Knoxville City-County Building

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The City-County Building, viewed from the Gay Street Bridge

The Knoxville City-County Building is a building at 400 Main Street in Knoxville, Tennessee that houses the offices of the city government of Knoxville and the county government of Knox County, Tennessee. It also houses the Knox County Jail.[1] The building stands ten stories, and contains 534,000 square feet (49,600 m2) of office space.[2] At the time it was built it was said to be the largest office building in Tennessee.[3]

The building was completed in 1979, 50 years after a combined city-county government building was first proposed. Businessman Jim Haslam is considered responsible for the success of the initiative to build it.[3] The cost of the building was $26 million, much of it funded by municipal bond issues (the bonds were paid off in 2001).[2] The building was designed by Knoxville architect Bruce McCarty and his firm, McCarty Bullock Holsaple.[4]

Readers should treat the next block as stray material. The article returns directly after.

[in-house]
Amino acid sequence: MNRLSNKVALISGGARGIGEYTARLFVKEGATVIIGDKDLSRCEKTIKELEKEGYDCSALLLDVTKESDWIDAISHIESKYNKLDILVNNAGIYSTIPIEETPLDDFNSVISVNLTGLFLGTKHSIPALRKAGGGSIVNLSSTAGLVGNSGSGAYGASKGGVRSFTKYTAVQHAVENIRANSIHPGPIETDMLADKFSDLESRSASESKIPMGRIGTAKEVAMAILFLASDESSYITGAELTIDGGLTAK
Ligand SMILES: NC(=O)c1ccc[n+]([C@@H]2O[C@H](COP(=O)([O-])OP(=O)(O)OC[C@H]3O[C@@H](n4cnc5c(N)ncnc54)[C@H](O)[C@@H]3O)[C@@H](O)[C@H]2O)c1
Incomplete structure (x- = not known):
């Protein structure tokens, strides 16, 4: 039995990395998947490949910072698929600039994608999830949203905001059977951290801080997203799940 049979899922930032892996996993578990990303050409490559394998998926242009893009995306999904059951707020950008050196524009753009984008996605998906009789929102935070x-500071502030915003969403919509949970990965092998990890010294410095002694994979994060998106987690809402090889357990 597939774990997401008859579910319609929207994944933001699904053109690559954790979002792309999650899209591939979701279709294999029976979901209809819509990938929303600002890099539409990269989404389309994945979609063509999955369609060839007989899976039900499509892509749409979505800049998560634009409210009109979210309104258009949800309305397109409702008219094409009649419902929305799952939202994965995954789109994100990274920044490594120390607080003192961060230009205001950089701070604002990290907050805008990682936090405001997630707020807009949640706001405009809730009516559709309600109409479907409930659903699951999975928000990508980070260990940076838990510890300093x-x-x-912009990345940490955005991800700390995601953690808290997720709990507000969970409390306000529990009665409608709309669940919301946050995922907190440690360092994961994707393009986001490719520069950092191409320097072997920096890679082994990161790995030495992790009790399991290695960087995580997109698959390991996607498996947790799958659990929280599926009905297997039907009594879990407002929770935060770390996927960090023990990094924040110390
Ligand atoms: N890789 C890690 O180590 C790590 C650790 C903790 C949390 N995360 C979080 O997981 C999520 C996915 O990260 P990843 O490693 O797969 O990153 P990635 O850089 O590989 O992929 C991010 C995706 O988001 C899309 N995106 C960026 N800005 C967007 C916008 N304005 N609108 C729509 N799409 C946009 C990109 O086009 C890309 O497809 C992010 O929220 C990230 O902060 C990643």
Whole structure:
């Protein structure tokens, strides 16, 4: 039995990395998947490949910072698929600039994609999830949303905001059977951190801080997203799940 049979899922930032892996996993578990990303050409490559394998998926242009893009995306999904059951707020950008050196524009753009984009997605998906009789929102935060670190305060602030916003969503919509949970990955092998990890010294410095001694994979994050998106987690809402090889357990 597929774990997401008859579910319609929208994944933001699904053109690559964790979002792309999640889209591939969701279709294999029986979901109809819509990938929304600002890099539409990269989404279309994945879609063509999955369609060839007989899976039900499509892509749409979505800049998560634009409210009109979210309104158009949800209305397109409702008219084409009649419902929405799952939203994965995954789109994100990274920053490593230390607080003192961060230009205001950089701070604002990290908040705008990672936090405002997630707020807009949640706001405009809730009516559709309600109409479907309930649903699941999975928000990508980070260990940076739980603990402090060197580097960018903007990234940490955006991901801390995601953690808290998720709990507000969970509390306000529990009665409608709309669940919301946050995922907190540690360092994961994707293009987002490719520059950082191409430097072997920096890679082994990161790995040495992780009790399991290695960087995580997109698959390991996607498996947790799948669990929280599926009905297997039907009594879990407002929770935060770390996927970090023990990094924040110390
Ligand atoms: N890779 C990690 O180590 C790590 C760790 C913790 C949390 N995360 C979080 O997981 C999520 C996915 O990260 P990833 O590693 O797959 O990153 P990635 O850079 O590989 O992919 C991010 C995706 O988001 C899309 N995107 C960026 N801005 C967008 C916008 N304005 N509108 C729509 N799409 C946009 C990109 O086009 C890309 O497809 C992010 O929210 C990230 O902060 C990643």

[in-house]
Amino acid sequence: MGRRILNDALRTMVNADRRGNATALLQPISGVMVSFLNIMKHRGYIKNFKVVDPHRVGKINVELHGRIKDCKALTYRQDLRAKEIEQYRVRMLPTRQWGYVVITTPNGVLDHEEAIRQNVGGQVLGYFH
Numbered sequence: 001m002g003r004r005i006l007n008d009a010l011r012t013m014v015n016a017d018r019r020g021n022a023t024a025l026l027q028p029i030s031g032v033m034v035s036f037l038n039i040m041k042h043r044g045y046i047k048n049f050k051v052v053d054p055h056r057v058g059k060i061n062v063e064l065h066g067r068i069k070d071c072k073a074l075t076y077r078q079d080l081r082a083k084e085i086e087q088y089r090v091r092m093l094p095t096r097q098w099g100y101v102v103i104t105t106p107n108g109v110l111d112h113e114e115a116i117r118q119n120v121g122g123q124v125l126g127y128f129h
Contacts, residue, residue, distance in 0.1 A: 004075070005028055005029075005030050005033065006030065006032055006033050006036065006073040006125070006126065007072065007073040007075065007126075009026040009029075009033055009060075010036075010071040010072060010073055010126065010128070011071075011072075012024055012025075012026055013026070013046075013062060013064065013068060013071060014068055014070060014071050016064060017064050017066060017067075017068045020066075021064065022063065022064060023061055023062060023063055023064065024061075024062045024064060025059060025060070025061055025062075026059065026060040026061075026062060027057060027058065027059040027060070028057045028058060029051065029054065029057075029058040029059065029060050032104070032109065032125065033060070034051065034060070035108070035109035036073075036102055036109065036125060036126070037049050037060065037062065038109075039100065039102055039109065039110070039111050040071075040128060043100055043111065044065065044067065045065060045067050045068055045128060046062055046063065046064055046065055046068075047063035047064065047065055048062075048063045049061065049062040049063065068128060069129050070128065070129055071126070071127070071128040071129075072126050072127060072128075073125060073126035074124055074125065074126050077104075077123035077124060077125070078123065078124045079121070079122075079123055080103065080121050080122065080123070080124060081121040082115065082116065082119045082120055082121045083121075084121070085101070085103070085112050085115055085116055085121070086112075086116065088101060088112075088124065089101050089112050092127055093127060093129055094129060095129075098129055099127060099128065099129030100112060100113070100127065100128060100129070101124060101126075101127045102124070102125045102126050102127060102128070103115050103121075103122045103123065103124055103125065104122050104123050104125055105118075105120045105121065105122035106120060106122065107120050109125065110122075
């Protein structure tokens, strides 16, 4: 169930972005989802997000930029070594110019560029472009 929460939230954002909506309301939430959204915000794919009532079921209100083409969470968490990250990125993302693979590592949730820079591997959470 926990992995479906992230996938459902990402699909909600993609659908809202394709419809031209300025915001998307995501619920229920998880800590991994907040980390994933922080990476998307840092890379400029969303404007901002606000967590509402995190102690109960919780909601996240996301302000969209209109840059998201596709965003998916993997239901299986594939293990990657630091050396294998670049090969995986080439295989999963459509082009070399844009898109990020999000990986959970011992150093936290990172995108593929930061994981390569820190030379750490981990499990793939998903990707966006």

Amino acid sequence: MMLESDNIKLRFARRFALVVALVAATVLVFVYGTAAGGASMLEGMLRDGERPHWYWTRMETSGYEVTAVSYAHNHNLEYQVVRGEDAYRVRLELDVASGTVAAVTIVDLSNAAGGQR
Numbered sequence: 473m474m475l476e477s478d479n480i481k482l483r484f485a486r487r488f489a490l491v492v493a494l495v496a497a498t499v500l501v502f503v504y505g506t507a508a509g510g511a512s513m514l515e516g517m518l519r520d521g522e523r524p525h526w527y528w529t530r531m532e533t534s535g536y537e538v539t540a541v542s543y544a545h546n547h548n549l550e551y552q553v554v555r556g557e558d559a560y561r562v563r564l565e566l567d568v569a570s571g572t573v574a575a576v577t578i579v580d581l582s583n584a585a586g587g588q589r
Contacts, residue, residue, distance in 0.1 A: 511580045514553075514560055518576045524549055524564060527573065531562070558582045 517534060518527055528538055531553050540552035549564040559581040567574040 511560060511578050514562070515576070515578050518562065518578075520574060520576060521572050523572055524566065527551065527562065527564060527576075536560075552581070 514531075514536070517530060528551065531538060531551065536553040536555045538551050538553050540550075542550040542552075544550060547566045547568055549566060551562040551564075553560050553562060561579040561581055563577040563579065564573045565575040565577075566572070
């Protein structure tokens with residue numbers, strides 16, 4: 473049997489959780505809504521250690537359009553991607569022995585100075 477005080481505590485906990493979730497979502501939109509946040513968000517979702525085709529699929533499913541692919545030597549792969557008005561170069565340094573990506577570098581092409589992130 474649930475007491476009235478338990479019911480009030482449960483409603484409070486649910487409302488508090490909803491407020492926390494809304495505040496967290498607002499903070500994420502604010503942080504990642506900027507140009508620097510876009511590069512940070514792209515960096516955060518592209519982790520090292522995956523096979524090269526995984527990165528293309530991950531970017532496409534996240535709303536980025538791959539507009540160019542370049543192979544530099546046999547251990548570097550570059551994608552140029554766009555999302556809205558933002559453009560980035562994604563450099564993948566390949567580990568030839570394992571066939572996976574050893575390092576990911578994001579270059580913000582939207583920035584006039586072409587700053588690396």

Almost immediately after opening, the jail struggled with overcrowding issues. In 1986, a class action lawsuit was filed in federal court, claiming the jail was too crowded, and three years later, a judge ruled the facility unconstitutional. When the county failed to resolve the issue, the judge ruled the county in contempt of court, forcing the county to build a new facility, which opened in October 1994.[2]

The building was plagued with security concerns due to bomb threats during the mid-1990s. Two mail bombs were delivered to Knox County District Attorney Randy Nichols in March 1994 and May 1994, respectively, forcing the building's evacuation. The building was again evacuated in November 1995, following a bomb threat.[2]

See also[edit]

References[edit]

  1. ^ Jim Balloch, Inmate move vexing; E. Knox residents seek assurances after male prisoners transferred, Knoxville News Sentinel, October 18, 2008
  2. ^ a b c d Michael Silence, "City County Building Payoff Near," Knoxville News-Sentinel, 29 November 2000.
  3. ^ a b Frank Cagle, Big Jim Haslam; Knoxville’s history often a choice between progressive leadership and spirit of Cas Walker, Knoxville Magazine, November 2008
  4. ^ Jack Neely, Knoxville Modernism and Architect Bruce McCarty, Metro Pulse, 17 March 2010. Retrieved: 1 June 2011.

Coordinates: 35°57′39″N 83°54′59″W / 35.9609°N 83.9165°W / 35.9609; -83.9165